CHAPTER 15. Technology, skill development and empowerment in nursing
• explain the importance of technology for nursing practice and skills development
• describe characteristics associated with technology that are important for healthcare
• outline implications of technology for nursing care with specific reference to empowerment, and
• describe key principles and values important for fostering excellence in nursing practice.
NURSING AND TECHNOLOGY
This chapter considers the role and importance of technology for nursing practice, with specific reference to skill development and empowerment. Principles important to understanding technology are outlined and the implications of technology for nursing and healthcare are discussed, along with guiding principles and values important to appropriate integration of technology into clinical practice. It is argued that technology is a phenomenon that must be understood adequately to address the many challenges it presents for current and future nurses.
Technology influences the practice of nursing both from the perspective of what we do and how we understand ourselves as practitioners. Nurses talk about technology, develop skills and knowledge to apply technology, interpret technology, praise the qualities of the latest computer applications, worry about loss of human contact and work in a changing workplace. Technology is used, for example, to deliver accurate treatment, to hold water, to cover patients and to observe the internal workings of the human body. Technology advancement is linked to a range of experiences, including shorter length of admission to hospital, greater efficiency, changing skills and knowledge, alteration to employment patterns, specialisation and standardisation of care (Locsin, 2001, Rinard, 1996 and Sandelowski, 2000). These outcomes of technological development combined with the interests of dominant social groups, increasing legal liability and the maintenance of technology have produced healthcare practices that are focused sometimes on functionality, sameness, conformity, automation, safety, predictability and logical order.
Technology is significant to the history, contemporary practice and future of nursing. It has always been a part of nursing and in order to understand nursing as a discipline we need insight into the social, theoretical and practical implications that emerge as a result of our links with technology. Prior to the twentieth century, technical knowledge and skills developed by trial and error, and were passed down through generations via a practical and oral culture. Nurses relied on experience and faith. Technical skills included magical and aesthetic components that equated with moral and psychic life. Nursing practice relied less on scientific knowledge and explanation than on a personal and intuitive understanding developed and refined through practice (Barnard & Cushing 2001).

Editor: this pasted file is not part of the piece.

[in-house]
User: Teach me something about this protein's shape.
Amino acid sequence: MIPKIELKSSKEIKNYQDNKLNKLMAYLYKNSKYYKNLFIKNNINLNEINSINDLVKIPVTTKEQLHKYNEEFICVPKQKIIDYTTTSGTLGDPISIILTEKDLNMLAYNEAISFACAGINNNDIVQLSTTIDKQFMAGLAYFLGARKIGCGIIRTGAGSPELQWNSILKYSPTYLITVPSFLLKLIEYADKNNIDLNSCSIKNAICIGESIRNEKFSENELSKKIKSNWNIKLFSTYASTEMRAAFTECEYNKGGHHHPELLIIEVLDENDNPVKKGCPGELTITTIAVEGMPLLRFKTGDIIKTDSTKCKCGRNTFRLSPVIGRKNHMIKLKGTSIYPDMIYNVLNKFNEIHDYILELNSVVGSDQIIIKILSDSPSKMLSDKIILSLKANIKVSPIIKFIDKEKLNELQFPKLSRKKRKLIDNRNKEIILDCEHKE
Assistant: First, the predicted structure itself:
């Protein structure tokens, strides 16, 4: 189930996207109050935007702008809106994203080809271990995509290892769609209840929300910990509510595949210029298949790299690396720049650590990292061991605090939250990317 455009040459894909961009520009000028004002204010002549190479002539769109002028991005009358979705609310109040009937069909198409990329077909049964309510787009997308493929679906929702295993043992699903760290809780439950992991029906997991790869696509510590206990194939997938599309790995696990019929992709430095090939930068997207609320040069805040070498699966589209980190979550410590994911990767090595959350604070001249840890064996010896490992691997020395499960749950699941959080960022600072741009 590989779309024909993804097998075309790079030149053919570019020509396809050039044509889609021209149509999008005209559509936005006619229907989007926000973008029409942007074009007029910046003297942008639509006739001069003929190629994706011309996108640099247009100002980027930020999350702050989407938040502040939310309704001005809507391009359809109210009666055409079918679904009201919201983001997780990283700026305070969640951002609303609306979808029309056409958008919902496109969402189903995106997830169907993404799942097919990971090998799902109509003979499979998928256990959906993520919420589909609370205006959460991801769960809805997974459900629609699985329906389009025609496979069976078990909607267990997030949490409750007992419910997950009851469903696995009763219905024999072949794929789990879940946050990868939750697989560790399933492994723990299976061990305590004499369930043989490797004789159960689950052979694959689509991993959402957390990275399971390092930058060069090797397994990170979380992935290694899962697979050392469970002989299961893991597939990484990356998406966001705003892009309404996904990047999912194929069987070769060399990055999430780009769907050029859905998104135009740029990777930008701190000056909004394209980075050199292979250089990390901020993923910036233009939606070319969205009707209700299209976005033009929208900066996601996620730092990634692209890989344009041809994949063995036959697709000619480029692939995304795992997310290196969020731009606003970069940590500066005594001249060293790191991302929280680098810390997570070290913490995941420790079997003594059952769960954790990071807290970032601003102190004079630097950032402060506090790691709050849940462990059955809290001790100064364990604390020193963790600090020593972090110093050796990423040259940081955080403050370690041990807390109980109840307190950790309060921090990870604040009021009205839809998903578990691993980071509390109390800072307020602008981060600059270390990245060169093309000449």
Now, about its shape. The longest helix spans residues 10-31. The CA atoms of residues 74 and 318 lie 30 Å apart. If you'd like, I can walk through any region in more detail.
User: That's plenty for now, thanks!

The rapid growth of scientific and technological knowledge has bought about enormous changes for nursing and healthcare over the past hundred years, and technology has figured prominently as both a protagonist for development and an influential partner in our practice. Technology remains integral to healthcare and has significantly influenced our workplace, not only in terms of the artefacts and resources we use, but also how we do things, how we organise ourselves as nurses and what we value. In fact, over 15 years ago Cooper (1993) warned that the process of technological change had advanced to such an extent that many areas of nursing practice had come to be defined by technology. For example, the haemodialysis machine is associated with renal nursing and the ventilator is associated with intensive care practice. The warning would appear to be confirmed as a result of an increasing emphasis on competency-based education and practice, which is linked directly to the use of technology(ies). But regardless of whether the warning of Cooper is proving to be entirely accurate, it is acknowledged widely that nurses in all specialties are required to manipulate a significant amount of technology and accept increasingly complex roles and responsibilities associated with its ongoing importance in healthcare (Barnard and Locsin, 2007 and Sandelowski, 1999a).
The word technology (tech.nol.ogy) refers to the practical arts, specific implements and the knowledge and/or activity of a group (i.e. technologist). The phenomenon is subject to varied and sometimes inadequate explanation in nursing and is influenced by social status, culture, gender and politics (Barnard, 2002, Pelletier, 1989 and Rinard, 1996). Technology is more than the sum of things we use in healthcare. It has characteristic features that include the development of skills, knowledge and the incorporation of social arrangements and values (Feenberg, 1995, Pacey, 1999 and Walters, 1995).